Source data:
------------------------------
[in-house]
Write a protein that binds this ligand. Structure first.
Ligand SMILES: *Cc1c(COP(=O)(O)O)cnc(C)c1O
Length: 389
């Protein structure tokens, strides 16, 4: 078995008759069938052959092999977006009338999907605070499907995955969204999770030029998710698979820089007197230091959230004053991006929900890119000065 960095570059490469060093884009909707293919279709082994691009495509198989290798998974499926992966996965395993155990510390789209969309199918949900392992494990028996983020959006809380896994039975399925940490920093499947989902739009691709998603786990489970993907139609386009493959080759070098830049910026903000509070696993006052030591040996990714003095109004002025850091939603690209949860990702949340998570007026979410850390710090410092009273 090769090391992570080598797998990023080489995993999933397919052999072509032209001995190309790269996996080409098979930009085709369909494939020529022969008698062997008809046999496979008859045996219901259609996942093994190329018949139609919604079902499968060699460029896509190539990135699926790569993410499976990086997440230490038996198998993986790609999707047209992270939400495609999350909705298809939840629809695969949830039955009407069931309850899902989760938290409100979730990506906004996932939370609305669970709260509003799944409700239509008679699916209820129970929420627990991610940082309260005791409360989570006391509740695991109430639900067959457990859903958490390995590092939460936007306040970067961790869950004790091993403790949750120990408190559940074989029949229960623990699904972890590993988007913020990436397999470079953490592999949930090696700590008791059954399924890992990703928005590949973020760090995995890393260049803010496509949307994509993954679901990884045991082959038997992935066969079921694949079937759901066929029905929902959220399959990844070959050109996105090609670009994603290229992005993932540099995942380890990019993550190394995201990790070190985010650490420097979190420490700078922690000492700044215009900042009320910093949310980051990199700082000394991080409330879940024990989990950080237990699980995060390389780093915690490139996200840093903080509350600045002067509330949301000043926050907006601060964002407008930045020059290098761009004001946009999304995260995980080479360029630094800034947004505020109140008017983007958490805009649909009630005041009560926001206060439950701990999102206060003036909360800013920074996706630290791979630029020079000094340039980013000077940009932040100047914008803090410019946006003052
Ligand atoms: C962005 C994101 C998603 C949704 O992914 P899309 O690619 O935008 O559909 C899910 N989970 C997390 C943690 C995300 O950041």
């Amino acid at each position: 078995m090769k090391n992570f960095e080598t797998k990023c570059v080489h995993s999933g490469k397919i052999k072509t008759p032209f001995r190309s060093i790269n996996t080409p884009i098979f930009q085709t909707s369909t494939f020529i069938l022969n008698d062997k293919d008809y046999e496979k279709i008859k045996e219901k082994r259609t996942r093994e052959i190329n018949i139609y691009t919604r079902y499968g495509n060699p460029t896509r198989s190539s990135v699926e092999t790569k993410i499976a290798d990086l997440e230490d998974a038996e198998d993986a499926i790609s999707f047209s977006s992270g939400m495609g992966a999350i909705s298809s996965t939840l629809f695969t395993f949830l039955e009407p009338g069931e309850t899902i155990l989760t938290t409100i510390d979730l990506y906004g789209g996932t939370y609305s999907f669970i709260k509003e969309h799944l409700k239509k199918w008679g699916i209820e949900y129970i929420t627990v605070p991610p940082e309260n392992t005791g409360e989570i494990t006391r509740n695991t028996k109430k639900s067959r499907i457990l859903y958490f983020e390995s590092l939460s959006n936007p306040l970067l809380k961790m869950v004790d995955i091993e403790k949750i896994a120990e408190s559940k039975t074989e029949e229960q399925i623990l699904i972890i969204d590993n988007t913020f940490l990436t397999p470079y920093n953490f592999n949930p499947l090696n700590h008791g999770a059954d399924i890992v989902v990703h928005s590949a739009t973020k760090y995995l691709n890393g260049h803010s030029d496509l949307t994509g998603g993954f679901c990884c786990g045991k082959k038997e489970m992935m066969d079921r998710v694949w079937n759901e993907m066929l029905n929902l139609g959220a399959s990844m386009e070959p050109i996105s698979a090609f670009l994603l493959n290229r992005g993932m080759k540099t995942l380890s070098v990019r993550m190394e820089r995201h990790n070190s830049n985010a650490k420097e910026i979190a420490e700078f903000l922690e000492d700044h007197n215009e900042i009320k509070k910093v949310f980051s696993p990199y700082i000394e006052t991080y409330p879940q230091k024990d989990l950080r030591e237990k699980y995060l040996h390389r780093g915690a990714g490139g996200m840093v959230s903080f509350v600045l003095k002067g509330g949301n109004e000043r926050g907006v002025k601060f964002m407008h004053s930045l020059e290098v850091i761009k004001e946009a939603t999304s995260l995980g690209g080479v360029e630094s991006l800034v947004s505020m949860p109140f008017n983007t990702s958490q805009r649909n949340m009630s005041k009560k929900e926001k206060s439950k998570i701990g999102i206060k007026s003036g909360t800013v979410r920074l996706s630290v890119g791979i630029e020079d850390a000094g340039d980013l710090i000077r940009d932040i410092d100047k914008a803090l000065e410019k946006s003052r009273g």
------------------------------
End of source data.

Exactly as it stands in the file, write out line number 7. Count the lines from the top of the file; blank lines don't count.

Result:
């Amino acid at each position: 078995m090769k090391n992570f960095e080598t797998k990023c570059v080489h995993s999933g490469k397919i052999k072509t008759p032209f001995r190309s060093i790269n996996t080409p884009i098979f930009q085709t909707s369909t494939f020529i069938l022969n008698d062997k293919d008809y046999e496979k279709i008859k045996e219901k082994r259609t996942r093994e052959i190329n018949i139609y691009t919604r079902y499968g495509n060699p460029t896509r198989s190539s990135v699926e092999t790569k993410i499976a290798d990086l997440e230490d998974a038996e198998d993986a499926i790609s999707f047209s977006s992270g939400m495609g992966a999350i909705s298809s996965t939840l629809f695969t395993f949830l039955e009407p009338g069931e309850t899902i155990l989760t938290t409100i510390d979730l990506y906004g789209g996932t939370y609305s999907f669970i709260k509003e969309h799944l409700k239509k199918w008679g699916i209820e949900y129970i929420t627990v605070p991610p940082e309260n392992t005791g409360e989570i494990t006391r509740n695991t028996k109430k639900s067959r499907i457990l859903y958490f983020e390995s590092l939460s959006n936007p306040l970067l809380k961790m869950v004790d995955i091993e403790k949750i896994a120990e408190s559940k039975t074989e029949e229960q399925i623990l699904i972890i969204d590993n988007t913020f940490l990436t397999p470079y920093n953490f592999n949930p499947l090696n700590h008791g999770a059954d399924i890992v989902v990703h928005s590949a739009t973020k760090y995995l691709n890393g260049h803010s030029d496509l949307t994509g998603g993954f679901c990884c786990g045991k082959k038997e489970m992935m066969d079921r998710v694949w079937n759901e993907m066929l029905n929902l139609g959220a399959s990844m386009e070959p050109i996105s698979a090609f670009l994603l493959n290229r992005g993932m080759k540099t995942l380890s070098v990019r993550m190394e820089r995201h990790n070190s830049n985010a650490k420097e910026i979190a420490e700078f903000l922690e000492d700044h007197n215009e900042i009320k509070k910093v949310f980051s696993p990199y700082i000394e006052t991080y409330p879940q230091k024990d989990l950080r030591e237990k699980y995060l040996h390389r780093g915690a990714g490139g996200m840093v959230s903080f509350v600045l003095k002067g509330g949301n109004e000043r926050g907006v002025k601060f964002m407008h004053s930045l020059e290098v850091i761009k004001e946009a939603t999304s995260l995980g690209g080479v360029e630094s991006l800034v947004s505020m949860p109140f008017n983007t990702s958490q805009r649909n949340m009630s005041k009560k929900e926001k206060s439950k998570i701990g999102i206060k007026s003036g909360t800013v979410r920074l996706s630290v890119g791979i630029e020079d850390a000094g340039d980013l710090i000077r940009d932040i410092d100047k914008a803090l000065e410019k946006s003052r009273g």